Health Letter, November 2014
By Michael Carome, M.D.
The U.S. spends more on health care per person than other major industrialized nations — a lot more. In 2011, expenditures for health care totaled $8,500 per person in the U.S. The country next closest in spending, among 10 other major industrialized nations, was Norway, which spent $5,700 per person. New Zealand spent the least on health care, at $3,200 per person.
Unfortunately, despite far outspending the rest of the world, the U.S. doesn’t even come close to having the best health care system in the world.
The Commonwealth Fund in June issued a report examining that troubling fact. The report, “Mirror, Mirror on the Wall: How the Performance of the U.S. Health Care System Compares Internationally, ” ranked the U.S. last overall among 11 major industrialized countries as of 2013 (see table below). This continues a trend that the Commonwealth Fund has documented in prior reports published in 2004, 2006, 2007 and 2010. The report also revealed that the U.S. had worse health outcomes than the other countries.
The Commonwealth Fund is a private foundation created in 1918. Its mission is “to promote a high-performing health care system that achieves better access, improved quality, and greater efficiency, particularly for society’s most vulnerable.” It pursues that goal in part by funding research examining health care issues.
How the U.S. scores
The Commonwealth Fund report’s authors assessed five key elements of health care system performance: population health, access, efficiency, equity and quality. The U.S. ranked last or close to last on four of these elements and in the middle on the fifth. A closer look at the details of the report reveals many troubling deficiencies with respect to each of these aspects of the U.S. health care system relative to other countries.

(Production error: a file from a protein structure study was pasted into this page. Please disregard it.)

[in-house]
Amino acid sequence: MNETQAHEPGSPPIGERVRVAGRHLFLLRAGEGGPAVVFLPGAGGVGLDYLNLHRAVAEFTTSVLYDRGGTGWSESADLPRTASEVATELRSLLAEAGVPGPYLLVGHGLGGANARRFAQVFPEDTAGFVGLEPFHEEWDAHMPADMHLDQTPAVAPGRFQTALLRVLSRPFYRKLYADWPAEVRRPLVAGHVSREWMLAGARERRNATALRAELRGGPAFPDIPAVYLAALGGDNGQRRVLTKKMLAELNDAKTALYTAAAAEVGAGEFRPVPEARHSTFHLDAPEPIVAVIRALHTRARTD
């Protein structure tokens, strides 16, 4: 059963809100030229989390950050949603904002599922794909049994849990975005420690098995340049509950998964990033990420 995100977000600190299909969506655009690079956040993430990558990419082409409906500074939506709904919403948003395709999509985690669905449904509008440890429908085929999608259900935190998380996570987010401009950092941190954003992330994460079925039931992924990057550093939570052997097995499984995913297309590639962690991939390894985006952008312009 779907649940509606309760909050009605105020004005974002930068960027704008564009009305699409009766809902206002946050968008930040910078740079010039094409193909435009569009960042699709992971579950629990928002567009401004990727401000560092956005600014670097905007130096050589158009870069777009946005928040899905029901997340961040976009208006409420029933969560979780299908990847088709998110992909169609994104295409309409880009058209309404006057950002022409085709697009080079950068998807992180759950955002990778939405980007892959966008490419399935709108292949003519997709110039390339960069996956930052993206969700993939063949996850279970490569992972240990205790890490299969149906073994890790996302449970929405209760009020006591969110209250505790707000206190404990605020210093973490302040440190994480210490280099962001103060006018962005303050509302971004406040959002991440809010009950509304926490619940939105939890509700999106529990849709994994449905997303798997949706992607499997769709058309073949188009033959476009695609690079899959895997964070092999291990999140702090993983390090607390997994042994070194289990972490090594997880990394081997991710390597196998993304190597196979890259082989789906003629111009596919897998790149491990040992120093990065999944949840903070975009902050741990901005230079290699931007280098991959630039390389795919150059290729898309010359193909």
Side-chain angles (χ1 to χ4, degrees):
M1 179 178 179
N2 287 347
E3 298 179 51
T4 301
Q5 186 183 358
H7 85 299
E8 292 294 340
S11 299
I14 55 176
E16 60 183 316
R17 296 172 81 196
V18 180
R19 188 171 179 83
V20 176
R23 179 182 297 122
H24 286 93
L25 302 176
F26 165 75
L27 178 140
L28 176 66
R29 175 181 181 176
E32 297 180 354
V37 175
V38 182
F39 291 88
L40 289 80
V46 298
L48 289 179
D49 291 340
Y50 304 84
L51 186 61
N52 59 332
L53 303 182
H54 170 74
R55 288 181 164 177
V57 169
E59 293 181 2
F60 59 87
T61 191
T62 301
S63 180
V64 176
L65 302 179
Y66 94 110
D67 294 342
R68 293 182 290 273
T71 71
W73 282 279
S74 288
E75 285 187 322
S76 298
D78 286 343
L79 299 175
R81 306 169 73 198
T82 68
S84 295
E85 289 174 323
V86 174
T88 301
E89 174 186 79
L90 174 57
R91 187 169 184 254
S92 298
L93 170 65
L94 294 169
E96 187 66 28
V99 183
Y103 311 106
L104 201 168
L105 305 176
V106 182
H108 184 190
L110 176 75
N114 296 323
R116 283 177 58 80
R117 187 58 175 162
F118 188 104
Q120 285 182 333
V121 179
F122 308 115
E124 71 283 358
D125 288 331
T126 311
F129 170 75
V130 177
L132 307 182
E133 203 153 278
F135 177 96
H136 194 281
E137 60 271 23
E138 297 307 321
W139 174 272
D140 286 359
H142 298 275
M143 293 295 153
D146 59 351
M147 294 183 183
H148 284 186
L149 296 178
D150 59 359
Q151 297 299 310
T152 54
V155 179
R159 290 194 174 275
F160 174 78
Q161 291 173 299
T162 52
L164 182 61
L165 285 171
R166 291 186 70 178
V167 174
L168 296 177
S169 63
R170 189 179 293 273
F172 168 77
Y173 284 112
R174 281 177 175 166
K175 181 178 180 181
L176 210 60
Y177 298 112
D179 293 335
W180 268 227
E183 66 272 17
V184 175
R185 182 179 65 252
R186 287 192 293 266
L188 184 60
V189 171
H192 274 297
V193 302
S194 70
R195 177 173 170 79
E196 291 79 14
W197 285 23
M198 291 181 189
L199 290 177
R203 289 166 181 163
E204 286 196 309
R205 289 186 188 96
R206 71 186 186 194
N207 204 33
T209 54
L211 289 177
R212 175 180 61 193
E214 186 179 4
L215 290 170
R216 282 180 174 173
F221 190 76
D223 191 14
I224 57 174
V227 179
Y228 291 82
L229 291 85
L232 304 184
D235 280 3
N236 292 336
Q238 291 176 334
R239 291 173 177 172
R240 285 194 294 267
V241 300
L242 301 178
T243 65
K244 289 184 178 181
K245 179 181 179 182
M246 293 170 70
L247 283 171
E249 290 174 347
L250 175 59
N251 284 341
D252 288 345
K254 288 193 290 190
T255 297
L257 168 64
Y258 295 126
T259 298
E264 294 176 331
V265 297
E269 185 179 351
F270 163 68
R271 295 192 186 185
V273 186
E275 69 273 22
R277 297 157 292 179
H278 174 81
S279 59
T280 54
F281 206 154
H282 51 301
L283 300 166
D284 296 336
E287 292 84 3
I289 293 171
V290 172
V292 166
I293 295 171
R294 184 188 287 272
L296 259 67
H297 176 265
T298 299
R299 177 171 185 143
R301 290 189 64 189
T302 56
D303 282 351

The ultimate measure of whether a country’s health care system is functioning at a high level is reflected in whether people on average are able to lead long, healthy and productive lives. In this regard, the U.S. is a dismal failure for many people.
To assess this aspect of national health care system performance, the report authors examined three important measures: preventable mortality, defined as deaths that could have been prevented with timely and effective care; infant mortality, defined as deaths per 1,000 live births; and healthy life expectancy, defined as being in good health at age 60. The U.S. ranked last on the first two outcomes and second-to-last on the third, resulting in an overall last-place ranking on the measure of healthy lives. In contrast, France and Sweden ranked first and second, respectively, on the overall measure.
That the U.S. achieves the worst health outcomes among major industrialized nations aligns with the findings of other experts, including the prestigious Institute of Medicine (IOM). In its 2013 report, “U.S. Health in International Perspective: Shorter Lives, Poorer Health,” the IOM documented that the U.S. generally has worse health outcomes and higher premature-death rates in all age groups and income levels than the average among 16 other high-income nations.
The Commonwealth Fund report’s authors defined good access to health care as the ability to obtain affordable care in a timely manner. On this element of health care system performance, the U.S. ranked ninth overall.